From William Eustis
Portsmouth N. H. Aug. 26. 1810.
I have the honor to acknowlege your favor of the 16h. instt. From my knowlege of the hand writing & character of Mr Prince,1 Marshal, I know it to be impossible that the disrespectful note is his. To-morrow I shall be in Boston when the fact will be ascertained without communicating to him the particulars which lead to the enquiry. He is communicative, and no chances ought to be afforded of gratification to the author of the imposition. Colbert’s Letter2 will be communicated to General Mason for enquiry into the conduct of the factor under his direction. It is customary to require at least the knowlege, & generally the opinion of the Agent for the tribe, previous to approving a visit from the chiefs. Colbert has had it in contemplation to visit the President for some time past: and has been expected. The present application is intended to cover his expences: and unless otherwise instructed I shall refer to the Agent before leave is granted. This day will determine whether the next delegation to Congress from this state is to be federal or republican: if the latter, principle & not·exertion will give the victory (which I think doubtful).3 My reception by the Essex Men is very different from that of the last season. The Letter respecting Pinckneys private communication, which was published by the friend to whom it was addressed, constitutes the unpardonable sin.4 Many to this day believe there is no such letter, and I regret exceedingly that it cannot be made public. At the approaching session it is most devoutly to be wished that some decided ground may be taken: for the indecision which now lays at the door of Congress will creep upwards. With the highest respect & esteem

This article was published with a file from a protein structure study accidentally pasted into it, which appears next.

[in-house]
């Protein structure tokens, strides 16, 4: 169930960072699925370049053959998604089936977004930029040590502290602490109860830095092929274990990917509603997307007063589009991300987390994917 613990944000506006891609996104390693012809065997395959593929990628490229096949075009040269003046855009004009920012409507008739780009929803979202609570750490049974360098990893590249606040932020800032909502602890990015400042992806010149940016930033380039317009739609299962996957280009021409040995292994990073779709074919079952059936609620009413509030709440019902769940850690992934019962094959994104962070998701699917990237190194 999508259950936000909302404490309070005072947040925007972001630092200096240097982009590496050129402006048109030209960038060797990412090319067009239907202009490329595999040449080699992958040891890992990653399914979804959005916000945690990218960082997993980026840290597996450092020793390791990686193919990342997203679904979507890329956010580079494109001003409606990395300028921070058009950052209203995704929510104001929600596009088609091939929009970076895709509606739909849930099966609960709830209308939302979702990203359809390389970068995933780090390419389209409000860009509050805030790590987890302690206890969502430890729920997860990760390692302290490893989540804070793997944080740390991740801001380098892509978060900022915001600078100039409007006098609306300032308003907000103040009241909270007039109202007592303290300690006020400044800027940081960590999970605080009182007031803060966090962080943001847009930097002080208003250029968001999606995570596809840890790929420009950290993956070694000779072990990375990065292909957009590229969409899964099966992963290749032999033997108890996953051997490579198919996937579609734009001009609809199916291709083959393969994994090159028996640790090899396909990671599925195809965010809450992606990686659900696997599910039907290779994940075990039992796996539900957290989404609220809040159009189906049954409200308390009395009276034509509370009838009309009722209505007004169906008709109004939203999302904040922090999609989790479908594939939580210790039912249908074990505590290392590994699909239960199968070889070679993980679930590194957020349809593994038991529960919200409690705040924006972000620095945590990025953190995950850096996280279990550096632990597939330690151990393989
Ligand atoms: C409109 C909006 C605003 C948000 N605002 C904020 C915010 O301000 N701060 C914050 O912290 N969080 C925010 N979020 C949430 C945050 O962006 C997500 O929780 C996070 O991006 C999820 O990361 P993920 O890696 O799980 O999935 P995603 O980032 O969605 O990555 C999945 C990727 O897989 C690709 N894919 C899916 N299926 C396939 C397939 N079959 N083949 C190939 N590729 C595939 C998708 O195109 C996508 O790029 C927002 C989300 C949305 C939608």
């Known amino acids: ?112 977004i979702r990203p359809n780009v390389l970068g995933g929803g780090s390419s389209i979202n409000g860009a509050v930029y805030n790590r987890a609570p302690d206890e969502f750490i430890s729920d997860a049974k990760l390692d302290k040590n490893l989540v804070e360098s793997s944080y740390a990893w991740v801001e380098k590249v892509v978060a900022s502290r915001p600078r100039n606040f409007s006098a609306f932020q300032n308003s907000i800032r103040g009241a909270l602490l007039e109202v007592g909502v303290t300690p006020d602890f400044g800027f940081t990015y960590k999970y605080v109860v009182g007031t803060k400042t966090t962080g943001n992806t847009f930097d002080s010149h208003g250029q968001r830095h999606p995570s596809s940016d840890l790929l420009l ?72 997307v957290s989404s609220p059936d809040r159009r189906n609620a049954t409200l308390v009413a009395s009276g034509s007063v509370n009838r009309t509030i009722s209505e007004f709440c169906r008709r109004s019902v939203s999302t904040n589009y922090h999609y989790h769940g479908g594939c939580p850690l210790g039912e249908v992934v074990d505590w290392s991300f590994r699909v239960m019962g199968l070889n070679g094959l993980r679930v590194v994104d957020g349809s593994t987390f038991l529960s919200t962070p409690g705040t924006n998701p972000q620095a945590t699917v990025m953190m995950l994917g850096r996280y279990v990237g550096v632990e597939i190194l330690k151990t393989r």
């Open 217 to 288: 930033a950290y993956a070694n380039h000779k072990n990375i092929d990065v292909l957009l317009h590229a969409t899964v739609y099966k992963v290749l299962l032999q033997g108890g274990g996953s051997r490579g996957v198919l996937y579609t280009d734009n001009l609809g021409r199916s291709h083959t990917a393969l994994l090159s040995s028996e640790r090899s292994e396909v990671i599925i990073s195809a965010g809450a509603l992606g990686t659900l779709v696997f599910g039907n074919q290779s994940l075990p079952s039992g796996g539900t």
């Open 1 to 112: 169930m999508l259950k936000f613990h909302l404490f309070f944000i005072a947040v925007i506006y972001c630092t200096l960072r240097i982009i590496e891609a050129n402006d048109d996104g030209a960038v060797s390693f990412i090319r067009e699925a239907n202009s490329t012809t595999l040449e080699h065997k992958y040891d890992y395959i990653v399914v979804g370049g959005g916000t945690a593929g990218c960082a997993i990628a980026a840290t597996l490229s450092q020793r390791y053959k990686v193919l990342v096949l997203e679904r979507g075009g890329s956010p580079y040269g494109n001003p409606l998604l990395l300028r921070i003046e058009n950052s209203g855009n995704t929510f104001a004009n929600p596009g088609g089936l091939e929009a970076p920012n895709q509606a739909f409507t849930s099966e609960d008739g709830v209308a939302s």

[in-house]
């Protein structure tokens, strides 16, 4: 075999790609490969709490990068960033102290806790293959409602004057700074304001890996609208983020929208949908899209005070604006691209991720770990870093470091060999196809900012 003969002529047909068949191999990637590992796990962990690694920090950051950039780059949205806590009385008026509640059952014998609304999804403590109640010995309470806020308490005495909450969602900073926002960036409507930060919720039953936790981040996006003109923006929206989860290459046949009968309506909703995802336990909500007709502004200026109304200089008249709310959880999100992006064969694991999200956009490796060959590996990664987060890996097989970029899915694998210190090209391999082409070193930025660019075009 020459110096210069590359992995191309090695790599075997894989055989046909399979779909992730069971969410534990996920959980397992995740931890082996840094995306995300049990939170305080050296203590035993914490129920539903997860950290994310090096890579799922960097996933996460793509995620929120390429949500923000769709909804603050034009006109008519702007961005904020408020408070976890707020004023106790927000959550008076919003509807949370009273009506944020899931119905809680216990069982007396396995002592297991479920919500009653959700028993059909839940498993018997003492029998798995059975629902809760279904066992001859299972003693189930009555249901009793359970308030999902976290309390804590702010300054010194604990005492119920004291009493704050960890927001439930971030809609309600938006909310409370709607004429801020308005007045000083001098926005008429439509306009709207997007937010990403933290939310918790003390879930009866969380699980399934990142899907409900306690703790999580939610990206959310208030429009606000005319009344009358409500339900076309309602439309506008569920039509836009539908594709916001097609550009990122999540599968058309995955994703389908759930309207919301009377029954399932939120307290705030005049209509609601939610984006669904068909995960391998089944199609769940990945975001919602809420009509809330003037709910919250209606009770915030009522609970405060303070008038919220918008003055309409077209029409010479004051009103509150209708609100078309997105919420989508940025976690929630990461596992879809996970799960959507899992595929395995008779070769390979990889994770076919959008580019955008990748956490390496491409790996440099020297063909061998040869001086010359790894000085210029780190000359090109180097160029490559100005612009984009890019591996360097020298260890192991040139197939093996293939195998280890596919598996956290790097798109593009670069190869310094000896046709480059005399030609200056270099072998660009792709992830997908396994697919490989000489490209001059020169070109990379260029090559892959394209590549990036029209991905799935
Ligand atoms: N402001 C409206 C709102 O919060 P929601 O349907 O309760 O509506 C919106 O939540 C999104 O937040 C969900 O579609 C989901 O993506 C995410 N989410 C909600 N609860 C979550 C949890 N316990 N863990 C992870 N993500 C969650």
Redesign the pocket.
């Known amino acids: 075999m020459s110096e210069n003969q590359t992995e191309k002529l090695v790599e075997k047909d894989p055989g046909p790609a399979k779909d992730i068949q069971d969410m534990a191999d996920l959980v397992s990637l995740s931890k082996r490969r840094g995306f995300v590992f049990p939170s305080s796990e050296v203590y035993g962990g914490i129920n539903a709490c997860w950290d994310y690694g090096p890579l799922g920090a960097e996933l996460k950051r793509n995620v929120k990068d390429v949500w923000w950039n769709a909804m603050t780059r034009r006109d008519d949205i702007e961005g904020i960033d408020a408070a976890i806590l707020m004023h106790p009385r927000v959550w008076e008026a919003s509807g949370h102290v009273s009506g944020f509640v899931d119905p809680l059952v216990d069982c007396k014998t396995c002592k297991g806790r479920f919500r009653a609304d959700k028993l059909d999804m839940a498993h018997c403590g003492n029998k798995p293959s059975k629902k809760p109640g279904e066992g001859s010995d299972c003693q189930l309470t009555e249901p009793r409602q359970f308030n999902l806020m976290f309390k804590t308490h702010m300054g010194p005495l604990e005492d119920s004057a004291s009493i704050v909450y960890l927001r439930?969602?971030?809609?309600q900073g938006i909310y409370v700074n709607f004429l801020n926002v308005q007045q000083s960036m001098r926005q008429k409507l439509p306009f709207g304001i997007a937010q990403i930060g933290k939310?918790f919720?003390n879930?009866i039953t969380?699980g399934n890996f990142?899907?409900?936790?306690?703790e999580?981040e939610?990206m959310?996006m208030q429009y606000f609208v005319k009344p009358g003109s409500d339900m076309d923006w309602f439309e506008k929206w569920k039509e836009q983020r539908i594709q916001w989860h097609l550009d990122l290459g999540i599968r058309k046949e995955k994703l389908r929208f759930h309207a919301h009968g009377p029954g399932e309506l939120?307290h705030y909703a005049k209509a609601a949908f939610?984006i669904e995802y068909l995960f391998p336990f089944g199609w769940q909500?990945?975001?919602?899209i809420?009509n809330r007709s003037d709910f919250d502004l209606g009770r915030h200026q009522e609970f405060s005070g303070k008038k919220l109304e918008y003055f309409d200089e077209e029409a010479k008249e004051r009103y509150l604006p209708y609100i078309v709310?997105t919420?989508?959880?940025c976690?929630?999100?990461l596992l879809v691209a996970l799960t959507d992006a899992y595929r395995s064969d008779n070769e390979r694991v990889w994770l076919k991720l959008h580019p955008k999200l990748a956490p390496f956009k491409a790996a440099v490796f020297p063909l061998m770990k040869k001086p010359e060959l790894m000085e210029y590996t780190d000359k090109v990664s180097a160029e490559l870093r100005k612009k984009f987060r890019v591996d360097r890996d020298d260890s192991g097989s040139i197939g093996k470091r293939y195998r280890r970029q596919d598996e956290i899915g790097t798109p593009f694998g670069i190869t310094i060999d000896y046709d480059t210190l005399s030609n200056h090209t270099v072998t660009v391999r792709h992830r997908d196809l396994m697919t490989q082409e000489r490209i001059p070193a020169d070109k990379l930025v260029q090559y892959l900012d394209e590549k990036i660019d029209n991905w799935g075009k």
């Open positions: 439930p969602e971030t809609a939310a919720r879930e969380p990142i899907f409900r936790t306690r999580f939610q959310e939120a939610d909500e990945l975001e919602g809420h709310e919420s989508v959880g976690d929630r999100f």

1. James Prince had been marshal for the district of Massachusetts since 1807 (Senate Exec. Proceedings description begins Journal of the Executive Proceedings of the Senate of the United States of America (3 vols.; Washington, 1828). description ends , 2:56–59, 191).
3. In the New Hampshire elections for the Twelfth Congress the Federalists won all five seats in the House of Representatives (National Intelligencer, 14 Sept. 1810).